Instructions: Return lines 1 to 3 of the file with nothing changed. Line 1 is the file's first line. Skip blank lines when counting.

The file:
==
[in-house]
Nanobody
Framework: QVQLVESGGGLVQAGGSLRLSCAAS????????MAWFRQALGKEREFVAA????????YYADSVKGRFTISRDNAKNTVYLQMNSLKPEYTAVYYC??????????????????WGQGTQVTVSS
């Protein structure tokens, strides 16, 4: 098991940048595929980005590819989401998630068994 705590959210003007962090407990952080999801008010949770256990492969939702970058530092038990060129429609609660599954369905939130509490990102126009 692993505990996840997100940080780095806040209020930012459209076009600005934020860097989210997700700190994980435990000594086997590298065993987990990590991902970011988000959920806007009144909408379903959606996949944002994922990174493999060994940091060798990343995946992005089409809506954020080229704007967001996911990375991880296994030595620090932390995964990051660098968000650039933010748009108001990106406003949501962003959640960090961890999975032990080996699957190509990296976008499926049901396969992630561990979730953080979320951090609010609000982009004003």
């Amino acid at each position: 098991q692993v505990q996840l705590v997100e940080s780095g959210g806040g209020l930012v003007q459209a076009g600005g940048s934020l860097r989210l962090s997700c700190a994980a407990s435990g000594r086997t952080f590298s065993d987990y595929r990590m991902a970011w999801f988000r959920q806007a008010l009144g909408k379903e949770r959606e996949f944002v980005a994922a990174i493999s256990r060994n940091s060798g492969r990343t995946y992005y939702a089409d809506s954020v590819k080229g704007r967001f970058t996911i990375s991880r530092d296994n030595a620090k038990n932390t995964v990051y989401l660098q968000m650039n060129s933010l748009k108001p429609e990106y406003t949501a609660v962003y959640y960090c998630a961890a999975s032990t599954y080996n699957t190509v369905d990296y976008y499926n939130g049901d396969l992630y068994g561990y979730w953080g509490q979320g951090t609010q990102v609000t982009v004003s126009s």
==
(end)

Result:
[in-house]
Nanobody
Framework: QVQLVESGGGLVQAGGSLRLSCAAS????????MAWFRQALGKEREFVAA????????YYADSVKGRFTISRDNAKNTVYLQMNSLKPEYTAVYYC??????????????????WGQGTQVTVSS